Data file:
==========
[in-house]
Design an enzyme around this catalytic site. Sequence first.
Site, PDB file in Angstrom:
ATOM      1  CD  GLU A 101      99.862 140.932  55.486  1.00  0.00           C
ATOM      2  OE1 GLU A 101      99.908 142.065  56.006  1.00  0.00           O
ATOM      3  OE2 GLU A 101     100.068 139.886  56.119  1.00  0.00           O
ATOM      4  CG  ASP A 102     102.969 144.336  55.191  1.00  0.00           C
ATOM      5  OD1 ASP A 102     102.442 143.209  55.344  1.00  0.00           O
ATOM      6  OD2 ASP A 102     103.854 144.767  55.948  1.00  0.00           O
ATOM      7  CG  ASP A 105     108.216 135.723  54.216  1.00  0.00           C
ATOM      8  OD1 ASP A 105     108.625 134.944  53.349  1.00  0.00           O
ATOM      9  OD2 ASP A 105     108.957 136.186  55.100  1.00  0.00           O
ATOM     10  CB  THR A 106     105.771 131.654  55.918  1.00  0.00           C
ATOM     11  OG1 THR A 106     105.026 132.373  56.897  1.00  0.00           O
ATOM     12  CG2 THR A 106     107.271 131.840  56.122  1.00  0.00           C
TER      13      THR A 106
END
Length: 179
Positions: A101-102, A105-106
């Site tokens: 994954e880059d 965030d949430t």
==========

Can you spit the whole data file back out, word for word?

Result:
[in-house]
Design an enzyme around this catalytic site. Sequence first.
Site, PDB file in Angstrom:
ATOM      1  CD  GLU A 101      99.862 140.932  55.486  1.00  0.00           C
ATOM      2  OE1 GLU A 101      99.908 142.065  56.006  1.00  0.00           O
ATOM      3  OE2 GLU A 101     100.068 139.886  56.119  1.00  0.00           O
ATOM      4  CG  ASP A 102     102.969 144.336  55.191  1.00  0.00           C
ATOM      5  OD1 ASP A 102     102.442 143.209  55.344  1.00  0.00           O
ATOM      6  OD2 ASP A 102     103.854 144.767  55.948  1.00  0.00           O
ATOM      7  CG  ASP A 105     108.216 135.723  54.216  1.00  0.00           C
ATOM      8  OD1 ASP A 105     108.625 134.944  53.349  1.00  0.00           O
ATOM      9  OD2 ASP A 105     108.957 136.186  55.100  1.00  0.00           O
ATOM     10  CB  THR A 106     105.771 131.654  55.918  1.00  0.00           C
ATOM     11  OG1 THR A 106     105.026 132.373  56.897  1.00  0.00           O
ATOM     12  CG2 THR A 106     107.271 131.840  56.122  1.00  0.00           C
TER      13      THR A 106
END
Length: 179
Positions: A101-102, A105-106
């Site tokens: 994954e880059d 965030d949430t």